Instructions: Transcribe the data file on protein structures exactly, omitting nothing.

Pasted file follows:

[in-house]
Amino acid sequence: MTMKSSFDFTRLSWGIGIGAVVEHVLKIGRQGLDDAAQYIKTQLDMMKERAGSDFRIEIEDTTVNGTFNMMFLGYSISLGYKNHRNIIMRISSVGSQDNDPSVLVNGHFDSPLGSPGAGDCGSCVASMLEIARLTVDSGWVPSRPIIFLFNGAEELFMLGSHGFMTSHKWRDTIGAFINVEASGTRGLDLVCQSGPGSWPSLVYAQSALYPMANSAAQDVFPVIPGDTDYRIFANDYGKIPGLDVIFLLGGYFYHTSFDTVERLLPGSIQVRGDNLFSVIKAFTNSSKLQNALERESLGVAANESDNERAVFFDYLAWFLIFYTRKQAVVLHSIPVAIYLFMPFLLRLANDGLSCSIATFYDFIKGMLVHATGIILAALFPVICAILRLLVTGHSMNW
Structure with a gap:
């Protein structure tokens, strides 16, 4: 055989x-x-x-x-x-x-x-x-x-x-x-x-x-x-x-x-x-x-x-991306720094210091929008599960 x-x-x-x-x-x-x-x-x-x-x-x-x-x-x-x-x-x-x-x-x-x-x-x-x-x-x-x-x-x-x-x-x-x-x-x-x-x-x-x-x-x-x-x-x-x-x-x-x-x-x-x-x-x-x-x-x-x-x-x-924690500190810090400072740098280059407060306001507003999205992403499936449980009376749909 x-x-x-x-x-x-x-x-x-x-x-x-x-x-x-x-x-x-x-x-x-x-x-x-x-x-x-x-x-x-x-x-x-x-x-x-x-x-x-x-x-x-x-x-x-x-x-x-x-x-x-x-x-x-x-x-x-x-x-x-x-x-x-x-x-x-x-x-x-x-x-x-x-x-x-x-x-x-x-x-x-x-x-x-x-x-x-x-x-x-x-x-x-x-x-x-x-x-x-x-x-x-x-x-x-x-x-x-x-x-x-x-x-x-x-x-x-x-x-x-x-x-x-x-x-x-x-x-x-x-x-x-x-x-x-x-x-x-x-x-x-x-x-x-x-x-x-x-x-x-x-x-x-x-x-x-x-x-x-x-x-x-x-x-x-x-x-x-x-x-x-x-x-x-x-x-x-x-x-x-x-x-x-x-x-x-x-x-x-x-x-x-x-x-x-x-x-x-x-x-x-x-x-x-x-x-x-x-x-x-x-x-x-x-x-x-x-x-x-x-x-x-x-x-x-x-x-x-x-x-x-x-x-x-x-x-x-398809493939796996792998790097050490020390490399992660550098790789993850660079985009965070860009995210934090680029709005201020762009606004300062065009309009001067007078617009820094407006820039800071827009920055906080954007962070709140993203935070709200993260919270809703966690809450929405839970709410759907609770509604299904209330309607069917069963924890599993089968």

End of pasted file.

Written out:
[in-house]
Amino acid sequence: MTMKSSFDFTRLSWGIGIGAVVEHVLKIGRQGLDDAAQYIKTQLDMMKERAGSDFRIEIEDTTVNGTFNMMFLGYSISLGYKNHRNIIMRISSVGSQDNDPSVLVNGHFDSPLGSPGAGDCGSCVASMLEIARLTVDSGWVPSRPIIFLFNGAEELFMLGSHGFMTSHKWRDTIGAFINVEASGTRGLDLVCQSGPGSWPSLVYAQSALYPMANSAAQDVFPVIPGDTDYRIFANDYGKIPGLDVIFLLGGYFYHTSFDTVERLLPGSIQVRGDNLFSVIKAFTNSSKLQNALERESLGVAANESDNERAVFFDYLAWFLIFYTRKQAVVLHSIPVAIYLFMPFLLRLANDGLSCSIATFYDFIKGMLVHATGIILAALFPVICAILRLLVTGHSMNW
Structure with a gap:
């Protein structure tokens, strides 16, 4: 055989x-x-x-x-x-x-x-x-x-x-x-x-x-x-x-x-x-x-x-991306720094210091929008599960 x-x-x-x-x-x-x-x-x-x-x-x-x-x-x-x-x-x-x-x-x-x-x-x-x-x-x-x-x-x-x-x-x-x-x-x-x-x-x-x-x-x-x-x-x-x-x-x-x-x-x-x-x-x-x-x-x-x-x-x-924690500190810090400072740098280059407060306001507003999205992403499936449980009376749909 x-x-x-x-x-x-x-x-x-x-x-x-x-x-x-x-x-x-x-x-x-x-x-x-x-x-x-x-x-x-x-x-x-x-x-x-x-x-x-x-x-x-x-x-x-x-x-x-x-x-x-x-x-x-x-x-x-x-x-x-x-x-x-x-x-x-x-x-x-x-x-x-x-x-x-x-x-x-x-x-x-x-x-x-x-x-x-x-x-x-x-x-x-x-x-x-x-x-x-x-x-x-x-x-x-x-x-x-x-x-x-x-x-x-x-x-x-x-x-x-x-x-x-x-x-x-x-x-x-x-x-x-x-x-x-x-x-x-x-x-x-x-x-x-x-x-x-x-x-x-x-x-x-x-x-x-x-x-x-x-x-x-x-x-x-x-x-x-x-x-x-x-x-x-x-x-x-x-x-x-x-x-x-x-x-x-x-x-x-x-x-x-x-x-x-x-x-x-x-x-x-x-x-x-x-x-x-x-x-x-x-x-x-x-x-x-x-x-x-x-x-x-x-x-x-x-x-x-x-x-x-x-x-x-x-x-x-398809493939796996792998790097050490020390490399992660550098790789993850660079985009965070860009995210934090680029709005201020762009606004300062065009309009001067007078617009820094407006820039800071827009920055906080954007962070709140993203935070709200993260919270809703966690809450929405839970709410759907609770509604299904209330309607069917069963924890599993089968």